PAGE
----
Thursday, 25 April 2013

The Creole people of Seychelles are known as friendly, care-free, exotic people. However not many people actually know much about the culture and ancestry of these wonderful people. In the Seychelles, the word ‘Creole’ refers to those native to the country of whichever ancestry, making them an indeed exotic people.

The majority of the people living in the Seychelles are Creole, and are principally of Malagasy and African origin. However the modern Creole people also include those of mixed African, Malagassy, Indian, Chinese, French and even British origins.


The Seychelles were the last of the Indian Ocean islands to be settled, and the French arrived in and around 1770 with African and Malagasy slaves to work on sugar and coffee plantations. During the first two decades, the colony was faced with various difficulties, but a demographic boom began around the late 1780s when the economy changed from the mere exploitation of the natural resources to profitable agriculture (cotton, coffee, spices).

With the Treaty of Paris in 1814, the Seychelles came under the rule of the British. Although slave trade was at that point already illegal in all British colonies, the colonies authorities found it extremely difficult to enforce this law in the Seychelles and Mauritius, and as such the slave in the Indian Ocean began to flourish. It is estimated that between 1811 and 1827 about 60,000 slaves were exported from Madagascar and East Africa to Mauritius and to the Seychelles.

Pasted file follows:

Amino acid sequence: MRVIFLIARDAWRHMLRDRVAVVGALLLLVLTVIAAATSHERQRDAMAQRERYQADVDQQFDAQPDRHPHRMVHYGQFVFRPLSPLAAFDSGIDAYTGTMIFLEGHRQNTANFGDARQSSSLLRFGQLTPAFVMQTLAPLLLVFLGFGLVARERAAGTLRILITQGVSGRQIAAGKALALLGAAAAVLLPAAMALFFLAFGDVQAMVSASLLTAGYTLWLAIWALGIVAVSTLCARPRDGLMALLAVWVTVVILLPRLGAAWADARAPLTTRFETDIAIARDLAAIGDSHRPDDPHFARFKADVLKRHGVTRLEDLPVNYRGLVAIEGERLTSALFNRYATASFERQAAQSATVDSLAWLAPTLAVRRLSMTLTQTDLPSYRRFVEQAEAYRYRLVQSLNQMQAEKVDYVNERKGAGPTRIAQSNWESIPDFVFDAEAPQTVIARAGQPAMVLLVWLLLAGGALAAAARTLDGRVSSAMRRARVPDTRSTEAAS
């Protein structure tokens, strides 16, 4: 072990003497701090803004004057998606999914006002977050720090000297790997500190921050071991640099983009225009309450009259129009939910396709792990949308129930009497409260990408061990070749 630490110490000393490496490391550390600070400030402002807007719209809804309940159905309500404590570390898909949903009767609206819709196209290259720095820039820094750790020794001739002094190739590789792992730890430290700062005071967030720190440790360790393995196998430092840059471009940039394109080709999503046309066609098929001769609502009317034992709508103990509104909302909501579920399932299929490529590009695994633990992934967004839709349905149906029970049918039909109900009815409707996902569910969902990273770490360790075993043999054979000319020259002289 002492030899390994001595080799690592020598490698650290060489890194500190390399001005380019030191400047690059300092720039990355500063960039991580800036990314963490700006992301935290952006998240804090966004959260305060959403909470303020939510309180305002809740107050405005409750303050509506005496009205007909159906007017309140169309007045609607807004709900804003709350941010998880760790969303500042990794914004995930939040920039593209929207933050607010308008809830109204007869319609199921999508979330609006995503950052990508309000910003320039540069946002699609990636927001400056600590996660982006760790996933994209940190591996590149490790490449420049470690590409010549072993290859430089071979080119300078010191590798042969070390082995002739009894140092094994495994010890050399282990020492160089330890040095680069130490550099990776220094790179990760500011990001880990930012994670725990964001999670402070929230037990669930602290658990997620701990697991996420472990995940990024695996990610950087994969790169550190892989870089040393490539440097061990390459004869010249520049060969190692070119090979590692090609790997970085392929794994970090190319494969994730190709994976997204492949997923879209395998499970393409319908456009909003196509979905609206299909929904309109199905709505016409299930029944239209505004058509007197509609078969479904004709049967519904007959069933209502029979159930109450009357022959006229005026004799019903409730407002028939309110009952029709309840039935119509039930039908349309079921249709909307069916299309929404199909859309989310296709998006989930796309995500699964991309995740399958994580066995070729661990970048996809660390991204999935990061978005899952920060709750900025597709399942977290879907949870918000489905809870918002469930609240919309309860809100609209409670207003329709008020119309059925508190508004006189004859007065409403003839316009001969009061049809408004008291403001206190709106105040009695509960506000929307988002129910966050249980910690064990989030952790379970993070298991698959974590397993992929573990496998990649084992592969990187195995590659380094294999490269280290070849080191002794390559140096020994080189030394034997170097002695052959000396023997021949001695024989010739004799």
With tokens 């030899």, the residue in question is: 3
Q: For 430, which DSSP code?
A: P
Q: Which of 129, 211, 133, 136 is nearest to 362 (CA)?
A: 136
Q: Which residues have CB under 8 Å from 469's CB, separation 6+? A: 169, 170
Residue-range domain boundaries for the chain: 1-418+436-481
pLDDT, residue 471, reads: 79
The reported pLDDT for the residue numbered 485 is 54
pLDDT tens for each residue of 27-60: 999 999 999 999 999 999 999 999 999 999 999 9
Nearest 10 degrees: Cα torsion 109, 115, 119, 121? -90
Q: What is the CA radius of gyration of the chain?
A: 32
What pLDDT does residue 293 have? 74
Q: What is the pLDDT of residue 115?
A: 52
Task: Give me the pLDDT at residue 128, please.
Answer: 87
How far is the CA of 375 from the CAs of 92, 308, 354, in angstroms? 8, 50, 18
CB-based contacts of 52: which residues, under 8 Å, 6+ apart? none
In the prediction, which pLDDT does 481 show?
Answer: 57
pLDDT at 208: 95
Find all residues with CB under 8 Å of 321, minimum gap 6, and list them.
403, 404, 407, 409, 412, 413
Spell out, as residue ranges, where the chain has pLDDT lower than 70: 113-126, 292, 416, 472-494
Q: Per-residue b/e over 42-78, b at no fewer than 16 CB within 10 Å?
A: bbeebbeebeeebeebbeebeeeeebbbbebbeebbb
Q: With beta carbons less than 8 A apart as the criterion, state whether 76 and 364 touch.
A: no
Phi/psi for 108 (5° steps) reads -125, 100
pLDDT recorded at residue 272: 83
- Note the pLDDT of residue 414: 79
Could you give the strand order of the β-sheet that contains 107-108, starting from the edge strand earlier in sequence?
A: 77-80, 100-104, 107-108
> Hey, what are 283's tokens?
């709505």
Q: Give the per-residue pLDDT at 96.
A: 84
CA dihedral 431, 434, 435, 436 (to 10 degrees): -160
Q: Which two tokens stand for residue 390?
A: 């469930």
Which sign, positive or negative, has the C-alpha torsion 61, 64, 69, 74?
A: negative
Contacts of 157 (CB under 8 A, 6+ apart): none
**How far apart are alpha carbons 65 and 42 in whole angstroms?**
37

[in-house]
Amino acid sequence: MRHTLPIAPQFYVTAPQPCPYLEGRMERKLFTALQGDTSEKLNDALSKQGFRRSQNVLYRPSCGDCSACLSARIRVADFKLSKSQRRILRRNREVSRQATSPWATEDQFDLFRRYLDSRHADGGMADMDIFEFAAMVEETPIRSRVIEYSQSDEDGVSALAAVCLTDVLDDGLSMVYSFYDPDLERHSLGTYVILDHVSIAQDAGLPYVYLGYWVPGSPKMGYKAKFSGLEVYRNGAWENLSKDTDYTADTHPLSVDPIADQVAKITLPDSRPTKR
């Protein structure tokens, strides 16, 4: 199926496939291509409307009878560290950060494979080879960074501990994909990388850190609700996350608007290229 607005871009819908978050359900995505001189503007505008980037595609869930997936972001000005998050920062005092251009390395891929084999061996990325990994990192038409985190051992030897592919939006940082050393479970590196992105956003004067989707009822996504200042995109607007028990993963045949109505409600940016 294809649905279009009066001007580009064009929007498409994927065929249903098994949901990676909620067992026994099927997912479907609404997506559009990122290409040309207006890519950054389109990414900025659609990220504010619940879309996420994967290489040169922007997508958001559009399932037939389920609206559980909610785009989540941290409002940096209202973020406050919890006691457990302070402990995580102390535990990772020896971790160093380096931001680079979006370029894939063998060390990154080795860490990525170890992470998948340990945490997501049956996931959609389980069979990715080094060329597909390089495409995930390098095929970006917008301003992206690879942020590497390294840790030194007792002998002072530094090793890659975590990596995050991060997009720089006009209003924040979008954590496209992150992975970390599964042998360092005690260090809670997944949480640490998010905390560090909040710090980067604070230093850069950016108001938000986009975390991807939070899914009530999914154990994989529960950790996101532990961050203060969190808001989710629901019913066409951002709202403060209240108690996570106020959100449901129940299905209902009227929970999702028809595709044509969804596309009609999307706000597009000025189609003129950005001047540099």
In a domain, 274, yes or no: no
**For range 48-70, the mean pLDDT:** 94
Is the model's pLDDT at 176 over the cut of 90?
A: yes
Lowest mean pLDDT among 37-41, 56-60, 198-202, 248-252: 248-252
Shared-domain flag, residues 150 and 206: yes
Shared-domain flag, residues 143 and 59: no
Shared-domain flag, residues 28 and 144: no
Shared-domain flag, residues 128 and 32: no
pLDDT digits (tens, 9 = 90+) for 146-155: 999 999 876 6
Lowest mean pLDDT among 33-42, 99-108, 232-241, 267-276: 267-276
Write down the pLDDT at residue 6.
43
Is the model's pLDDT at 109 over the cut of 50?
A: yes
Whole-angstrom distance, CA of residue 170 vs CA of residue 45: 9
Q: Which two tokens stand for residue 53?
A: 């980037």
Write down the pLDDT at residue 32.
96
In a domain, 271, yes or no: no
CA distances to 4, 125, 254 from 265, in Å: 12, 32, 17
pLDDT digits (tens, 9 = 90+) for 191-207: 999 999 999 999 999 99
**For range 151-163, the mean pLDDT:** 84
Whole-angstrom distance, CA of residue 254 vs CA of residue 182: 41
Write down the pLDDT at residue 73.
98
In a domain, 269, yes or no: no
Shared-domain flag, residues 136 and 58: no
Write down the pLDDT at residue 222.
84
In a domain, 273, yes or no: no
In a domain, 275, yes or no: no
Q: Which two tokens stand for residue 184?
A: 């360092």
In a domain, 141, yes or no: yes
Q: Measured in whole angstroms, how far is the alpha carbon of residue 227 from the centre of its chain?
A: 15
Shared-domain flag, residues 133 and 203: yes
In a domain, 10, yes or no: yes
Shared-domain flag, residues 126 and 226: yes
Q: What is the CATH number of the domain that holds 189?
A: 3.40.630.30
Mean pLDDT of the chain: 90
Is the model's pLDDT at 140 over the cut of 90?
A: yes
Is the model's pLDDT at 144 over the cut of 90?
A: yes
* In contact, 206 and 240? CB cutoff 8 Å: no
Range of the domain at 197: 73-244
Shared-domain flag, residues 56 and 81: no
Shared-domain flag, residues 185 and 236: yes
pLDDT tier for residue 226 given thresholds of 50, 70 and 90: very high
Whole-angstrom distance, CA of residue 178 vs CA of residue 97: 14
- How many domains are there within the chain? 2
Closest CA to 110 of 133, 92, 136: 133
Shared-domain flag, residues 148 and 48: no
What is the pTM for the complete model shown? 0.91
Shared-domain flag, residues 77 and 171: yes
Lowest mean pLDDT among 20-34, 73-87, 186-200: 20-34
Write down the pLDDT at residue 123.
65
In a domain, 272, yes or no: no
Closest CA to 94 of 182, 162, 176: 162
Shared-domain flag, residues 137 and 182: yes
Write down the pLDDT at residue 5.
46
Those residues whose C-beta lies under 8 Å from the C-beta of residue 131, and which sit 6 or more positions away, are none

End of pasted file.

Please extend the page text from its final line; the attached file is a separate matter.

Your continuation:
After the abolition of slavery in 1835 the British Navy captured French ships still continuing in the slave trade and set the slaves "free" in the Seychelles. This led to a considerable further influx of East Africans in the 19th century.


When the French colonists, who mainly came from Mauritius, settled the Seychelles in the 1770s, they and their slaves brought some kind of stabilized Mauritian Creole along with them.